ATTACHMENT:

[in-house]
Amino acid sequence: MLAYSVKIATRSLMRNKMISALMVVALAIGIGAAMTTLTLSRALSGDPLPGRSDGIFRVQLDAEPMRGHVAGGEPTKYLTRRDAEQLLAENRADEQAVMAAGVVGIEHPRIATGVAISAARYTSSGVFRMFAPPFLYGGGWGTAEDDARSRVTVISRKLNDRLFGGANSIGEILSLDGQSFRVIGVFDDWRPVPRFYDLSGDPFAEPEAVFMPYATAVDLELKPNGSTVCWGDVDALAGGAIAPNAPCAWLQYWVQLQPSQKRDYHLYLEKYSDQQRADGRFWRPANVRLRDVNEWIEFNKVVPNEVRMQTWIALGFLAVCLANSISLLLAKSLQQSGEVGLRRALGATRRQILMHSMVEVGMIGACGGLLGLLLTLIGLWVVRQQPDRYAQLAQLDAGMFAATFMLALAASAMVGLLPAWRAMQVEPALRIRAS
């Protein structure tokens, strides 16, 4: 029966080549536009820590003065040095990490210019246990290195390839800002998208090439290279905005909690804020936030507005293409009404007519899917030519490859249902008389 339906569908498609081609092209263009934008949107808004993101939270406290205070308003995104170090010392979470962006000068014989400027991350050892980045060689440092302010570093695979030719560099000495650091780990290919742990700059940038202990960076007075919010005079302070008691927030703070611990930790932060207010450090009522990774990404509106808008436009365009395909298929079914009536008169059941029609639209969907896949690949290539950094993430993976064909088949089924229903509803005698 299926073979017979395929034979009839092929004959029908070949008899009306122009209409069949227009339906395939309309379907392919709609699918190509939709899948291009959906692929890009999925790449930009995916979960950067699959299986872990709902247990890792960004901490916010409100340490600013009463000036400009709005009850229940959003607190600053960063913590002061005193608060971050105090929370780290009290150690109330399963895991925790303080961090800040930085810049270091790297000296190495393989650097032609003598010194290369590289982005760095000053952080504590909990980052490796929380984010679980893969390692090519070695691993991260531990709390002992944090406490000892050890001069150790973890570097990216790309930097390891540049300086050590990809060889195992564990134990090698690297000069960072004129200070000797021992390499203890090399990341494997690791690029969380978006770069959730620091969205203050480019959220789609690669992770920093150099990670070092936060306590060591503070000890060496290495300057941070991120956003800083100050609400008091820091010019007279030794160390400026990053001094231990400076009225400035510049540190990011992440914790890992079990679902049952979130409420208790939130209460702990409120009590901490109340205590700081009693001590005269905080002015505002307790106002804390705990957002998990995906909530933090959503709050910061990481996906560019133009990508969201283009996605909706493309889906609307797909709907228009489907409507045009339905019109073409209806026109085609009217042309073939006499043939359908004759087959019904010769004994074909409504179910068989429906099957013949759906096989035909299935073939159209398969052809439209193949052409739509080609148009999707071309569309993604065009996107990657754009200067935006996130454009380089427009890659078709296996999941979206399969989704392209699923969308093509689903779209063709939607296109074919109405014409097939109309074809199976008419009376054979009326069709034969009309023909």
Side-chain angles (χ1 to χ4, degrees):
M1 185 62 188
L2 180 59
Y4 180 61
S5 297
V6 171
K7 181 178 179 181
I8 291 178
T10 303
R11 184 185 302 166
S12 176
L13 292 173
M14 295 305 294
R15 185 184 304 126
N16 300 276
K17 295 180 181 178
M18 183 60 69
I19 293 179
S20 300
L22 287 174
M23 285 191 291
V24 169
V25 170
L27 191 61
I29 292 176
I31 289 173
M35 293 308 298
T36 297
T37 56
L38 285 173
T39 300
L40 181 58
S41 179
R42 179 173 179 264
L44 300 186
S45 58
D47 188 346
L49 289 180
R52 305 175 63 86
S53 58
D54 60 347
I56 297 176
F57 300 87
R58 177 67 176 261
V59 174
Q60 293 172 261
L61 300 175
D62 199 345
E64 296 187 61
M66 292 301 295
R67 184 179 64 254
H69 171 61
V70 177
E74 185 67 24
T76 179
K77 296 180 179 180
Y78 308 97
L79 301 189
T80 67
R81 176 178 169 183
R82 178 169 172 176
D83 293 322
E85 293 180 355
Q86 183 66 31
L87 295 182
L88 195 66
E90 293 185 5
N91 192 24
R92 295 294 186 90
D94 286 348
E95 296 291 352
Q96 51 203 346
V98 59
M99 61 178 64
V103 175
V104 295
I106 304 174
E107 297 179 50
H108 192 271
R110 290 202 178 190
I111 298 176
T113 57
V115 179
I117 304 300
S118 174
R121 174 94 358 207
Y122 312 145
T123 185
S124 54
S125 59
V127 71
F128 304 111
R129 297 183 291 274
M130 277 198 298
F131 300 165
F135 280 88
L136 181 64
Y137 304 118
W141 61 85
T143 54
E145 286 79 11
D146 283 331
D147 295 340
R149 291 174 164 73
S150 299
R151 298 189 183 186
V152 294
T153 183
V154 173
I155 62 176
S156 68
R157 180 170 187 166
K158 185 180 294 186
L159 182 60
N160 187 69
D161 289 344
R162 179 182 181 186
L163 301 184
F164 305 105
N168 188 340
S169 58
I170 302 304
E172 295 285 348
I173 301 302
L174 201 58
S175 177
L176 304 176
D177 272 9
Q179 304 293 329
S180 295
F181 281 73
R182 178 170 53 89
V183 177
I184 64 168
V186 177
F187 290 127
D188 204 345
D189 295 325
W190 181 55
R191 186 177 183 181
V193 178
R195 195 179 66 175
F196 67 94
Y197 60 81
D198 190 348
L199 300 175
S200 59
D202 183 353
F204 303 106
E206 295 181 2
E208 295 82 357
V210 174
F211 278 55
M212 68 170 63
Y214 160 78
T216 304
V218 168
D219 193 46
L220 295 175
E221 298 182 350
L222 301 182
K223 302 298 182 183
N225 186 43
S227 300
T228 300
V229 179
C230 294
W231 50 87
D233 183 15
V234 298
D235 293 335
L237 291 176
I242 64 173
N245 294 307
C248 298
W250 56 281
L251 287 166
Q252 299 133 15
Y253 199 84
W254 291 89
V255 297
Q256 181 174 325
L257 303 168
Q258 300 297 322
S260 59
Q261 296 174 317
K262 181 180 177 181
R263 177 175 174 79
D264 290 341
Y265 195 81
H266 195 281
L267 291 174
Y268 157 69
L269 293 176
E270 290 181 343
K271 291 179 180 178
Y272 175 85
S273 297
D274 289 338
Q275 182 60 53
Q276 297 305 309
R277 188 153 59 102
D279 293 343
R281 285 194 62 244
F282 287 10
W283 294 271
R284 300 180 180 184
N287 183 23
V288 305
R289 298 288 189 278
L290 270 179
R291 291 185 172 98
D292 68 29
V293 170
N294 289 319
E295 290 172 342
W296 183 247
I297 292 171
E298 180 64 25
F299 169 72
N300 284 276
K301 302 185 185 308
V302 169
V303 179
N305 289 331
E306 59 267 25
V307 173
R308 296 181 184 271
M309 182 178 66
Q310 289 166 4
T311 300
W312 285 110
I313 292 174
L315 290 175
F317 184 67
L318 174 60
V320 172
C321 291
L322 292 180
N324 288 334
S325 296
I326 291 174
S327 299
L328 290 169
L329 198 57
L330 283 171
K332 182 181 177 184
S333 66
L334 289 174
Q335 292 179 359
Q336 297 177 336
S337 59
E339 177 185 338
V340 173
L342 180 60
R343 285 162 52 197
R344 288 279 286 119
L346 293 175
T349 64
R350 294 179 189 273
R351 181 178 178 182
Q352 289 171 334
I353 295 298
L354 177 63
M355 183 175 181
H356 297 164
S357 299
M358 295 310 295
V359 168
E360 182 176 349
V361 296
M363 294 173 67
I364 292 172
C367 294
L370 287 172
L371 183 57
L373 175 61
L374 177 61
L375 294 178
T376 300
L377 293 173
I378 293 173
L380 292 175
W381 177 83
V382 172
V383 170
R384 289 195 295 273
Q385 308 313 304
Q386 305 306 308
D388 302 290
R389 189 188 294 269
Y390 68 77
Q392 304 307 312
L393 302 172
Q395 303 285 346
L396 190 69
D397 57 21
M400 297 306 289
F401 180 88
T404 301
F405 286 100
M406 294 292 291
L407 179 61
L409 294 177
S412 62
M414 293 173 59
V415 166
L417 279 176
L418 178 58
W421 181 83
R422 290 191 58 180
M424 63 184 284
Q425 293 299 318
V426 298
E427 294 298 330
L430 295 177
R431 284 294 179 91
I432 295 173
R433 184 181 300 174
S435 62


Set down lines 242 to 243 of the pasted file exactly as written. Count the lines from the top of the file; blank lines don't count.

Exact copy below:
L322 292 180
N324 288 334